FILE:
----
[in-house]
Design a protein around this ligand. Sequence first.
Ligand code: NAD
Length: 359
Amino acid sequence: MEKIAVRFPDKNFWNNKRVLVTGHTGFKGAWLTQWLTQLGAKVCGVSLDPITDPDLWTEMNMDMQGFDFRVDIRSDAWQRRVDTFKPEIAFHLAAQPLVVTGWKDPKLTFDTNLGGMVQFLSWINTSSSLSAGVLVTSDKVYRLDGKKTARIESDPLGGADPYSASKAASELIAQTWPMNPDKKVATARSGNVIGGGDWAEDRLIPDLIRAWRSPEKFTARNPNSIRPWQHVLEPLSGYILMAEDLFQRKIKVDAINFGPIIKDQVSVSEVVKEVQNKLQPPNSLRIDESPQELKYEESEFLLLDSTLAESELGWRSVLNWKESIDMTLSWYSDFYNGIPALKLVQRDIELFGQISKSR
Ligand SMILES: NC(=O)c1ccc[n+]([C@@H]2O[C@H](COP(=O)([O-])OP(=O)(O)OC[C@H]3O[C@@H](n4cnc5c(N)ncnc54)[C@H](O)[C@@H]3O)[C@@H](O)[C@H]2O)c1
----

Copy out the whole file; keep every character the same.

[in-house]
Design a protein around this ligand. Sequence first.
Ligand code: NAD
Length: 359
Amino acid sequence: MEKIAVRFPDKNFWNNKRVLVTGHTGFKGAWLTQWLTQLGAKVCGVSLDPITDPDLWTEMNMDMQGFDFRVDIRSDAWQRRVDTFKPEIAFHLAAQPLVVTGWKDPKLTFDTNLGGMVQFLSWINTSSSLSAGVLVTSDKVYRLDGKKTARIESDPLGGADPYSASKAASELIAQTWPMNPDKKVATARSGNVIGGGDWAEDRLIPDLIRAWRSPEKFTARNPNSIRPWQHVLEPLSGYILMAEDLFQRKIKVDAINFGPIIKDQVSVSEVVKEVQNKLQPPNSLRIDESPQELKYEESEFLLLDSTLAESELGWRSVLNWKESIDMTLSWYSDFYNGIPALKLVQRDIELFGQISKSR
Ligand SMILES: NC(=O)c1ccc[n+]([C@@H]2O[C@H](COP(=O)([O-])OP(=O)(O)OC[C@H]3O[C@@H](n4cnc5c(N)ncnc54)[C@H](O)[C@@H]3O)[C@@H](O)[C@H]2O)c1